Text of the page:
Fish, Brain Health and Alzheimer’s

Apparently, eating fish may be good for brain health.

I was the second reviewer for two HNR reviews looking at a recent study presented Wednesday at the Radiological Society of North America in Chicago. Researchers looked at the correlation between 3-D MRIs and gray matter in the brain. Here are two competing reports from HealthDay and WebMD :

Another confusing story about an observational study that fails to explicitly state and explain to readers the limitations of observational studies. Please read our primer on this topic.  It would help prevent these mistakes.

Our Review Summary

Readers heads must be spinning worse than Linda Blair’s in “The Exorcist” when they read – in one story – that this “must be viewed as an association, rather than a cause-and-effect” – yet they get cause-and-effect language such as:

  • “Raji said he was ‘amazed’ that this effect was seen”
  • “may boost brain health”…”lower the risk”…”helps to preserve gray matter neurons, strengthening them”…”cranial benefit”

Why This Matters

Over and over again, many news stories confuse readers about observational studies.  It leads to a loss of confidence in science and a loss of credibility in journalism.  That’s why this matters. [HealthNewsReview.org]

 

Slightly better story than the competing HealthDay story on the same study. Still weak on explaining the limitations of observational studies.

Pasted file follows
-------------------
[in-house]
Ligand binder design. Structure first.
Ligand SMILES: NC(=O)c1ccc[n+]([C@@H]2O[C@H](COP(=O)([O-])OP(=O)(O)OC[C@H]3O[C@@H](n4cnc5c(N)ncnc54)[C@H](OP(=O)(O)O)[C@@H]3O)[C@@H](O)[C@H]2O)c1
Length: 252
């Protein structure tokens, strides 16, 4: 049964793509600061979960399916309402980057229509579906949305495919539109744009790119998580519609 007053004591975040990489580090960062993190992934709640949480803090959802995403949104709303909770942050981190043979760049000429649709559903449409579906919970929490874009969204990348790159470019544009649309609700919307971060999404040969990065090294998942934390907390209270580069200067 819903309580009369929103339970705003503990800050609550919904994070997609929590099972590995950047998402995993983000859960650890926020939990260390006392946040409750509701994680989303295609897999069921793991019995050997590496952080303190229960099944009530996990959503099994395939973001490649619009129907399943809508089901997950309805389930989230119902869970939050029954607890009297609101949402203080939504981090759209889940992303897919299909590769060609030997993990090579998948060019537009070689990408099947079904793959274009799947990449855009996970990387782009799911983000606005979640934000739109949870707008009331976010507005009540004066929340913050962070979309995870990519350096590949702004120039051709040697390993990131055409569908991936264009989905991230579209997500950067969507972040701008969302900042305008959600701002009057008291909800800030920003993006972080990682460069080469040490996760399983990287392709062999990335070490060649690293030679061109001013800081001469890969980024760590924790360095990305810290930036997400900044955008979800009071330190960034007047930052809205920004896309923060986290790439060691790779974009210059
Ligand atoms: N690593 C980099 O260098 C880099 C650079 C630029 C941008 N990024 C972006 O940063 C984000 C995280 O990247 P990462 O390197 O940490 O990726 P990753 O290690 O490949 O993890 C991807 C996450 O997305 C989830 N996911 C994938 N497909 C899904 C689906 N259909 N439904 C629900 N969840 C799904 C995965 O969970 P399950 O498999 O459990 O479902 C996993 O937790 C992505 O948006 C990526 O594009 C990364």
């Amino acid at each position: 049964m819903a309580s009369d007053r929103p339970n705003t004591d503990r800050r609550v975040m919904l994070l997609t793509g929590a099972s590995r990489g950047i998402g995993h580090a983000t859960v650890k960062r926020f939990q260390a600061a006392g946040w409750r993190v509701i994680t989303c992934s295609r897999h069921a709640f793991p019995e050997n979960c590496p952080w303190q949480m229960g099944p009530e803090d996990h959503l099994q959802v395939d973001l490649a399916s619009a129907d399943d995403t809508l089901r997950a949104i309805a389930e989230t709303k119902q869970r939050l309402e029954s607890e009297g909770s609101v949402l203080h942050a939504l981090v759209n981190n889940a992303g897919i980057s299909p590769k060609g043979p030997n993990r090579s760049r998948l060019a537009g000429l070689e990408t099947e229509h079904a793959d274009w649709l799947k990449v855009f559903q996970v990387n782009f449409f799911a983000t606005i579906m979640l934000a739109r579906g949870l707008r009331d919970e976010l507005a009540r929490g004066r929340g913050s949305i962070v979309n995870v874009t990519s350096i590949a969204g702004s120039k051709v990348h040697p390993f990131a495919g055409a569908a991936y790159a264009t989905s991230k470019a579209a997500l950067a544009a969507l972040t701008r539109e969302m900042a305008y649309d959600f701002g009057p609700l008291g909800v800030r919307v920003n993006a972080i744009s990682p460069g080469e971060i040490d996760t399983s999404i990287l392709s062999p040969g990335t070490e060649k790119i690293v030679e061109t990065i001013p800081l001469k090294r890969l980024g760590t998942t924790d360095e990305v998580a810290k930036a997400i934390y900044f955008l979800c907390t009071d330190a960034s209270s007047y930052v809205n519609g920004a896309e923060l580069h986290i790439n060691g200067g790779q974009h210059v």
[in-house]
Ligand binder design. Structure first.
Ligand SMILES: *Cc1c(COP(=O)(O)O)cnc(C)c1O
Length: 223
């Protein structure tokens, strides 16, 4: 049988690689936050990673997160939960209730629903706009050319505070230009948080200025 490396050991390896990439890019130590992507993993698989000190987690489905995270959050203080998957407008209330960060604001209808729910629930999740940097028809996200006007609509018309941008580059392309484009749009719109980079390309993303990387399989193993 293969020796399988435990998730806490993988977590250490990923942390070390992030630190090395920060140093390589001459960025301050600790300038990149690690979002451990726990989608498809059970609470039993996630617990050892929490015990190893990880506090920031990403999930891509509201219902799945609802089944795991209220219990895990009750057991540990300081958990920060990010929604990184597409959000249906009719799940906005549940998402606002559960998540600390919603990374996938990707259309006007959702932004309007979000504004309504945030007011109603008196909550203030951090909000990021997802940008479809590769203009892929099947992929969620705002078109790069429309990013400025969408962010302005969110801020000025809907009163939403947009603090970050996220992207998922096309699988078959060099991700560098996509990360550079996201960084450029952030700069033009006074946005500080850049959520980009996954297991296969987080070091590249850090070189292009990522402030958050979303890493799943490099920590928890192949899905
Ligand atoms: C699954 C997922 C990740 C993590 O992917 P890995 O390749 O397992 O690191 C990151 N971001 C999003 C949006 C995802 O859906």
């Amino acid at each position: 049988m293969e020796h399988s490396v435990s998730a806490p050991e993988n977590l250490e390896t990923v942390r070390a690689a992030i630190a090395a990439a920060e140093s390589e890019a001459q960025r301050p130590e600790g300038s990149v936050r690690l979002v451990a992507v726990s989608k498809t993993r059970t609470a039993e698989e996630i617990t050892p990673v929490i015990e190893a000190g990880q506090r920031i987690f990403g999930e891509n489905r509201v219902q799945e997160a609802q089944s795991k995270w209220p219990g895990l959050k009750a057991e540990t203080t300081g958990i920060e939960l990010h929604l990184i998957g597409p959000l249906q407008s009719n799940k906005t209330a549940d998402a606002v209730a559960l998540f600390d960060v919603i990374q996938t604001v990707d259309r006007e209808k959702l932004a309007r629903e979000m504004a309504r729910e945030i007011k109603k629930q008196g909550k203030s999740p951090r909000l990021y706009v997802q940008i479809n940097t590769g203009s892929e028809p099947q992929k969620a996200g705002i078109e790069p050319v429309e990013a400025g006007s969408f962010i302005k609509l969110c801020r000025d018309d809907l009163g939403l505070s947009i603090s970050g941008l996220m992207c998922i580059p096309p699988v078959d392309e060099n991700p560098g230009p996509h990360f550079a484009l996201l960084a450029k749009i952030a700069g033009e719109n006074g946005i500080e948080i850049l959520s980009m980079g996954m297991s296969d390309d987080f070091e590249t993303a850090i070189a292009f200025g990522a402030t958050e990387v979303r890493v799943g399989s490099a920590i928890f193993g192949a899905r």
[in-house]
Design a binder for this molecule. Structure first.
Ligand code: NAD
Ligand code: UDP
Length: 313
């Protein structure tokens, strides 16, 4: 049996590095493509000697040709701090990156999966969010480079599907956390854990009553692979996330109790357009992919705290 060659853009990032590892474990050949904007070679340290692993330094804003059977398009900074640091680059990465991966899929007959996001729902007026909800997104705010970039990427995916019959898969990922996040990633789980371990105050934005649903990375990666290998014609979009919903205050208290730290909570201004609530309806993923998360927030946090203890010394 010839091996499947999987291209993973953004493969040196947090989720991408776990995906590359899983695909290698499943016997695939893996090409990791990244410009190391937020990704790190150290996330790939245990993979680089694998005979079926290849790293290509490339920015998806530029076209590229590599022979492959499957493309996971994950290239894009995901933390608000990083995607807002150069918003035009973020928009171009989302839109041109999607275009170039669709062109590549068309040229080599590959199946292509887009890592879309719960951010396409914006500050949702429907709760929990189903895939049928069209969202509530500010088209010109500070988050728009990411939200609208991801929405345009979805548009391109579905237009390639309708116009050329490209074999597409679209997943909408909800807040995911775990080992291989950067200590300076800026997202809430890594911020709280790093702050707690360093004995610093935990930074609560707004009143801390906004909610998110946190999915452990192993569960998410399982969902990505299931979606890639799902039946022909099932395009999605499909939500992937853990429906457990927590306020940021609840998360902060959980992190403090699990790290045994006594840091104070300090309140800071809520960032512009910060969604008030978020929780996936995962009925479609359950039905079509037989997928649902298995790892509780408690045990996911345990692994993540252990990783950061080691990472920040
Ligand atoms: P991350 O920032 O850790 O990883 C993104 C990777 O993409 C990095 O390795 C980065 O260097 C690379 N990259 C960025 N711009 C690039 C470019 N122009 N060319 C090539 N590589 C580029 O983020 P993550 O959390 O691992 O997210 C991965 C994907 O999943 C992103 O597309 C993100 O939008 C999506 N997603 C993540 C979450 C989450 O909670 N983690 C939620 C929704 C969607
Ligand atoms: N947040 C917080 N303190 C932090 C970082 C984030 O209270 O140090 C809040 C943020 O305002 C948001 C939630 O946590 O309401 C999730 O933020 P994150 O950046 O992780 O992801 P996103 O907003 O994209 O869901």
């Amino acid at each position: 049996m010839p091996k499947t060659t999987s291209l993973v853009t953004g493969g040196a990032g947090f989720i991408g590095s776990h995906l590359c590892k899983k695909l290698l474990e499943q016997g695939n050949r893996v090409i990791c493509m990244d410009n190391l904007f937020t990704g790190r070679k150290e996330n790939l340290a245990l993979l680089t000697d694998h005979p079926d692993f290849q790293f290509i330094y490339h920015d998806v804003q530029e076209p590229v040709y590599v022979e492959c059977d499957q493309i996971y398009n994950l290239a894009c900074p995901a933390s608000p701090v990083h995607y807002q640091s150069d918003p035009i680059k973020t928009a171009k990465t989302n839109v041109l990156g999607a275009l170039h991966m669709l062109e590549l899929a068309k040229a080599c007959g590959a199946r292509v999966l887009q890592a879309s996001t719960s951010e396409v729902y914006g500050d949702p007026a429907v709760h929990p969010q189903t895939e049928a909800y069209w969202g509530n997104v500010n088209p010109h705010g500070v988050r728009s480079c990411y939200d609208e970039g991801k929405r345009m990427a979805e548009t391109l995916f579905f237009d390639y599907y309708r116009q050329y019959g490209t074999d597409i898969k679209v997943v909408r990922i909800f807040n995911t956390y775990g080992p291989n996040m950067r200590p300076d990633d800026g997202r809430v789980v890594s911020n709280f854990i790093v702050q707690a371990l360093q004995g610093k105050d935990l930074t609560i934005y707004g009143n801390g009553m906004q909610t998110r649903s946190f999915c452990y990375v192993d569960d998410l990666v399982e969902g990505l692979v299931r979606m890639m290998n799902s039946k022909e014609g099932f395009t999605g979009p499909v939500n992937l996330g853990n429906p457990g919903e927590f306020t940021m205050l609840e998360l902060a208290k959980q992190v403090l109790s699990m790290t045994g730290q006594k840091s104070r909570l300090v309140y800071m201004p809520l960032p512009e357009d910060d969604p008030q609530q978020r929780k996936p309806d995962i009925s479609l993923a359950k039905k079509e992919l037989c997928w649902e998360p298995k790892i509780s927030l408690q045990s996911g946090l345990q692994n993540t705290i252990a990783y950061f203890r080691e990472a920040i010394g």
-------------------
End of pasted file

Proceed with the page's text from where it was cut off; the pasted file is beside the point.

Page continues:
Our Review Summary

The story allows the researcher to say, “More fish, more brain, less Alzheimer’s.”   Pithy.  Quotable.  But simplistic and not proven by this study.

Why This Matters

At least the competing HealthDay story interviewed an independent source who wondered about other possible confounding factors in the research and stated, “For now, the connection must be viewed as an association, rather than a cause-and-effect.”

So even though the WebMD story scored better, the HealthDay story did slightly better on this critical piece of analysis. (The HealthDay story had its own flaws – for example, burying that “association” line instead of placing it high in the story and overwhelming it with cause-and-effect language throughout the story.) [HealthNewsReview.org]

You can see the full reviews on my site at Journalism -> Review and also at HealthNewsReview.org.